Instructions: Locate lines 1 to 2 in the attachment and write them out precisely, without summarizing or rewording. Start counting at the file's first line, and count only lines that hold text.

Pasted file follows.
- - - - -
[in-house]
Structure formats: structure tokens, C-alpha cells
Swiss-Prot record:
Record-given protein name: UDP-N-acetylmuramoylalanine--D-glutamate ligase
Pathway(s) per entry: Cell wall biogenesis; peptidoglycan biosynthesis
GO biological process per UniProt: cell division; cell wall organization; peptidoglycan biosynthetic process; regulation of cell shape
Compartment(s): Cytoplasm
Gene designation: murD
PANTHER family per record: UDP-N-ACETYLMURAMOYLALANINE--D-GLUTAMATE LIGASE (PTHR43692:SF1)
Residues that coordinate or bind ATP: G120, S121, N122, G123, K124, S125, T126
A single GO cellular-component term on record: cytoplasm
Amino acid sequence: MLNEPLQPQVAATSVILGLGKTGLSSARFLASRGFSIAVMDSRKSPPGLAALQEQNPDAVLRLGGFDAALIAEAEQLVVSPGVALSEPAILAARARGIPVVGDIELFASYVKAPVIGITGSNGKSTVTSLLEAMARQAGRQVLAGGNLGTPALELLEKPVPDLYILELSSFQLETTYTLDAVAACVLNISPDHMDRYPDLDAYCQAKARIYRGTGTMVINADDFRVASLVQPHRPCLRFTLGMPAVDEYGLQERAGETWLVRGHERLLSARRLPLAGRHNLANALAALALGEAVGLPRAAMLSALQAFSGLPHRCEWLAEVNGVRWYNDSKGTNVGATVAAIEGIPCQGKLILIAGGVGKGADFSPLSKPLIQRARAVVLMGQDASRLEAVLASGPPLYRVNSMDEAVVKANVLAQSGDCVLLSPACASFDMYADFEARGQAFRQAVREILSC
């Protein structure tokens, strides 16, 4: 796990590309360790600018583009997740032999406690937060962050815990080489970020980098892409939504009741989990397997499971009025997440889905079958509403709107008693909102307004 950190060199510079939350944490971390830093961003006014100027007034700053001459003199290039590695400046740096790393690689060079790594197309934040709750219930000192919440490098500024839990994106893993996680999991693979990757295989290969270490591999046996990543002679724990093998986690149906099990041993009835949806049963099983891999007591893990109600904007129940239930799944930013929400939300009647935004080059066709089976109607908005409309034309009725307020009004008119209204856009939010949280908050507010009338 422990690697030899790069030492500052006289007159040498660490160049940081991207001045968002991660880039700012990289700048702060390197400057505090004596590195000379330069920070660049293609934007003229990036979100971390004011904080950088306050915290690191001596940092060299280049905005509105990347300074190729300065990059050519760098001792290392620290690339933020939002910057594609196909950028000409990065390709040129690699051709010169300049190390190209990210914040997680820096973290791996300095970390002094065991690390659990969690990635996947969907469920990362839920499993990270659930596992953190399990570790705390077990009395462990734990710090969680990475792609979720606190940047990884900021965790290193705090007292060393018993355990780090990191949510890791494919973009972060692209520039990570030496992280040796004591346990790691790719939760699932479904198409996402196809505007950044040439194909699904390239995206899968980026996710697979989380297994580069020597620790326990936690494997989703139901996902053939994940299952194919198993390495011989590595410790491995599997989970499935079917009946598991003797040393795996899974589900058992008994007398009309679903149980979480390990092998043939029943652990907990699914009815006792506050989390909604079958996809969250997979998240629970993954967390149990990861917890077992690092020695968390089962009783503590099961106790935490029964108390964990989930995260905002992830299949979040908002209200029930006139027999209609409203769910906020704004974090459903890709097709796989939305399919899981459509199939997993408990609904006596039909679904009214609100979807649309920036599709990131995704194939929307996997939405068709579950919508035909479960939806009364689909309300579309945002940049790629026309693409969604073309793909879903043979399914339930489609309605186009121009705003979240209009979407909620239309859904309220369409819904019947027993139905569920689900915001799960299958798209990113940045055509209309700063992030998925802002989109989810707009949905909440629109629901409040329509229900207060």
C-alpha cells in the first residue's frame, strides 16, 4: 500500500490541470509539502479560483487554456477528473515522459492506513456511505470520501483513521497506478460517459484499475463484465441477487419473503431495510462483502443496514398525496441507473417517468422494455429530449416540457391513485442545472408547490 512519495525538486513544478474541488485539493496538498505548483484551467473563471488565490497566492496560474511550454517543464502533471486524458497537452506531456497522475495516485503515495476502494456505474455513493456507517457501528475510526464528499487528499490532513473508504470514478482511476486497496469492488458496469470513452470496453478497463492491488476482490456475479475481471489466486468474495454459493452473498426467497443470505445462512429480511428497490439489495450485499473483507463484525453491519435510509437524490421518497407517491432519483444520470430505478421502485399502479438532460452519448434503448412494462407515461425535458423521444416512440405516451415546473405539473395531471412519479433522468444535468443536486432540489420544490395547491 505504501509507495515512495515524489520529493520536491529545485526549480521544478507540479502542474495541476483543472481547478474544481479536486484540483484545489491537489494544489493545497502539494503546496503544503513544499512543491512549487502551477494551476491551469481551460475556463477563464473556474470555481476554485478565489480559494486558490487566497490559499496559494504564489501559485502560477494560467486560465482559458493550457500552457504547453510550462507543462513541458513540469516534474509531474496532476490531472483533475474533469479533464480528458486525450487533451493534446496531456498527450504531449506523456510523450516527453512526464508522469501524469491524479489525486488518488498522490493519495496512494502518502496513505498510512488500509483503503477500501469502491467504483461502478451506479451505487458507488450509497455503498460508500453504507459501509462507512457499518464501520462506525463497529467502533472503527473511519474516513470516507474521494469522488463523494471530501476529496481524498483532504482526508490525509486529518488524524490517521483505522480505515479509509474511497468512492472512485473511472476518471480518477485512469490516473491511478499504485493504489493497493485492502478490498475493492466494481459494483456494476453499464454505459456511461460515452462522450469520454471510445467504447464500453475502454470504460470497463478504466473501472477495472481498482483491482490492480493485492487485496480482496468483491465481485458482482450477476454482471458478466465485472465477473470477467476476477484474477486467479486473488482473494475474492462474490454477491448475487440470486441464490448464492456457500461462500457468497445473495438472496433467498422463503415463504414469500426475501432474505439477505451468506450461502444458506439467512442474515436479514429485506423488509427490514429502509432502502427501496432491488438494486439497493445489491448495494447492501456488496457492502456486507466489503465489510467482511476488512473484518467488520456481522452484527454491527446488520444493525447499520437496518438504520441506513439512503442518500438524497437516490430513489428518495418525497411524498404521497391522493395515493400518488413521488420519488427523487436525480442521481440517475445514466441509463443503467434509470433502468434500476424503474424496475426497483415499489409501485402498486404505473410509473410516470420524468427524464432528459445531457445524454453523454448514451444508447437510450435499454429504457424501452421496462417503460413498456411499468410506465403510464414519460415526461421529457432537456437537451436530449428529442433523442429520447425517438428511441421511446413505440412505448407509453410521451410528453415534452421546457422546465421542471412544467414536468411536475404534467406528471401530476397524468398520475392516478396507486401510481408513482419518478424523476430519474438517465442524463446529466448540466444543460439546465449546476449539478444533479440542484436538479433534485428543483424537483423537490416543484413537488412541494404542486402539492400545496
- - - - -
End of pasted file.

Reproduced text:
[in-house]
Structure formats: structure tokens, C-alpha cells